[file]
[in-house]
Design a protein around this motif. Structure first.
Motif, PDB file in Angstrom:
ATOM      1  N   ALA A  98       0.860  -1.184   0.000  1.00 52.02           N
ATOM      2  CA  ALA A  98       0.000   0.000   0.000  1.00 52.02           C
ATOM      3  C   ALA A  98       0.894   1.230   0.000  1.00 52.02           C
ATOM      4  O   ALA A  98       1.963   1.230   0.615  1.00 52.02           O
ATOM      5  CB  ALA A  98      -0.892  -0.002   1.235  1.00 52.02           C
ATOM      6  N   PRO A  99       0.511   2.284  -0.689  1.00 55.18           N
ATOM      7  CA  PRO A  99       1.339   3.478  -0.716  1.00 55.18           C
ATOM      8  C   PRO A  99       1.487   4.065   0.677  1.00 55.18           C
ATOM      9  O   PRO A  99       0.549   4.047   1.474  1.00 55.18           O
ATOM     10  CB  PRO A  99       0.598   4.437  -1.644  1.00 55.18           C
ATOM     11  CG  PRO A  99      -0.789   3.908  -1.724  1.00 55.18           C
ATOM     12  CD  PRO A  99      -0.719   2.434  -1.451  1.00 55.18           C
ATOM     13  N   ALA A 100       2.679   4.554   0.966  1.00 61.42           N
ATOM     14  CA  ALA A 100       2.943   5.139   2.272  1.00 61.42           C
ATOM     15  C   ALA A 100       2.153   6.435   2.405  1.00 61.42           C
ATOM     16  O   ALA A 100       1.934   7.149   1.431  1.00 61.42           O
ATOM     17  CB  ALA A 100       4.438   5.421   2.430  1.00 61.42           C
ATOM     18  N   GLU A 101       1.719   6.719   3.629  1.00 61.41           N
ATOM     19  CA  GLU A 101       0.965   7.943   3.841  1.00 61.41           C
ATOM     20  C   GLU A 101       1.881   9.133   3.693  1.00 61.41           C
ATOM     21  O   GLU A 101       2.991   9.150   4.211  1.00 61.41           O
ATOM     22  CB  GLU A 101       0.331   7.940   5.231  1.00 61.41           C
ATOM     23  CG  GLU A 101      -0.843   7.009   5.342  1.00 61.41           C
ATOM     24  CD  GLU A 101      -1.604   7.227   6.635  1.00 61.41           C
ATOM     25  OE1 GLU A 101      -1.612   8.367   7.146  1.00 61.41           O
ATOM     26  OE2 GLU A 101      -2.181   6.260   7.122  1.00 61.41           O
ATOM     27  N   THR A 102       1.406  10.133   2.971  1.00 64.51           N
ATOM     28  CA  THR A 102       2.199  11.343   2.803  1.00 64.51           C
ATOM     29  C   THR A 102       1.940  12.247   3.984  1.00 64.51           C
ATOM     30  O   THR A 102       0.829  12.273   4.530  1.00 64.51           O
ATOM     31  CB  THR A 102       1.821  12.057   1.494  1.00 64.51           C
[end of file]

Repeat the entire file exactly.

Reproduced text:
[in-house]
Design a protein around this motif. Structure first.
Motif, PDB file in Angstrom:
ATOM      1  N   ALA A  98       0.860  -1.184   0.000  1.00 52.02           N
ATOM      2  CA  ALA A  98       0.000   0.000   0.000  1.00 52.02           C
ATOM      3  C   ALA A  98       0.894   1.230   0.000  1.00 52.02           C
ATOM      4  O   ALA A  98       1.963   1.230   0.615  1.00 52.02           O
ATOM      5  CB  ALA A  98      -0.892  -0.002   1.235  1.00 52.02           C
ATOM      6  N   PRO A  99       0.511   2.284  -0.689  1.00 55.18           N
ATOM      7  CA  PRO A  99       1.339   3.478  -0.716  1.00 55.18           C
ATOM      8  C   PRO A  99       1.487   4.065   0.677  1.00 55.18           C
ATOM      9  O   PRO A  99       0.549   4.047   1.474  1.00 55.18           O
ATOM     10  CB  PRO A  99       0.598   4.437  -1.644  1.00 55.18           C
ATOM     11  CG  PRO A  99      -0.789   3.908  -1.724  1.00 55.18           C
ATOM     12  CD  PRO A  99      -0.719   2.434  -1.451  1.00 55.18           C
ATOM     13  N   ALA A 100       2.679   4.554   0.966  1.00 61.42           N
ATOM     14  CA  ALA A 100       2.943   5.139   2.272  1.00 61.42           C
ATOM     15  C   ALA A 100       2.153   6.435   2.405  1.00 61.42           C
ATOM     16  O   ALA A 100       1.934   7.149   1.431  1.00 61.42           O
ATOM     17  CB  ALA A 100       4.438   5.421   2.430  1.00 61.42           C
ATOM     18  N   GLU A 101       1.719   6.719   3.629  1.00 61.41           N
ATOM     19  CA  GLU A 101       0.965   7.943   3.841  1.00 61.41           C
ATOM     20  C   GLU A 101       1.881   9.133   3.693  1.00 61.41           C
ATOM     21  O   GLU A 101       2.991   9.150   4.211  1.00 61.41           O
ATOM     22  CB  GLU A 101       0.331   7.940   5.231  1.00 61.41           C
ATOM     23  CG  GLU A 101      -0.843   7.009   5.342  1.00 61.41           C
ATOM     24  CD  GLU A 101      -1.604   7.227   6.635  1.00 61.41           C
ATOM     25  OE1 GLU A 101      -1.612   8.367   7.146  1.00 61.41           O
ATOM     26  OE2 GLU A 101      -2.181   6.260   7.122  1.00 61.41           O
ATOM     27  N   THR A 102       1.406  10.133   2.971  1.00 64.51           N
ATOM     28  CA  THR A 102       2.199  11.343   2.803  1.00 64.51           C
ATOM     29  C   THR A 102       1.940  12.247   3.984  1.00 64.51           C
ATOM     30  O   THR A 102       0.829  12.273   4.530  1.00 64.51           O
ATOM     31  CB  THR A 102       1.821  12.057   1.494  1.00 64.51           C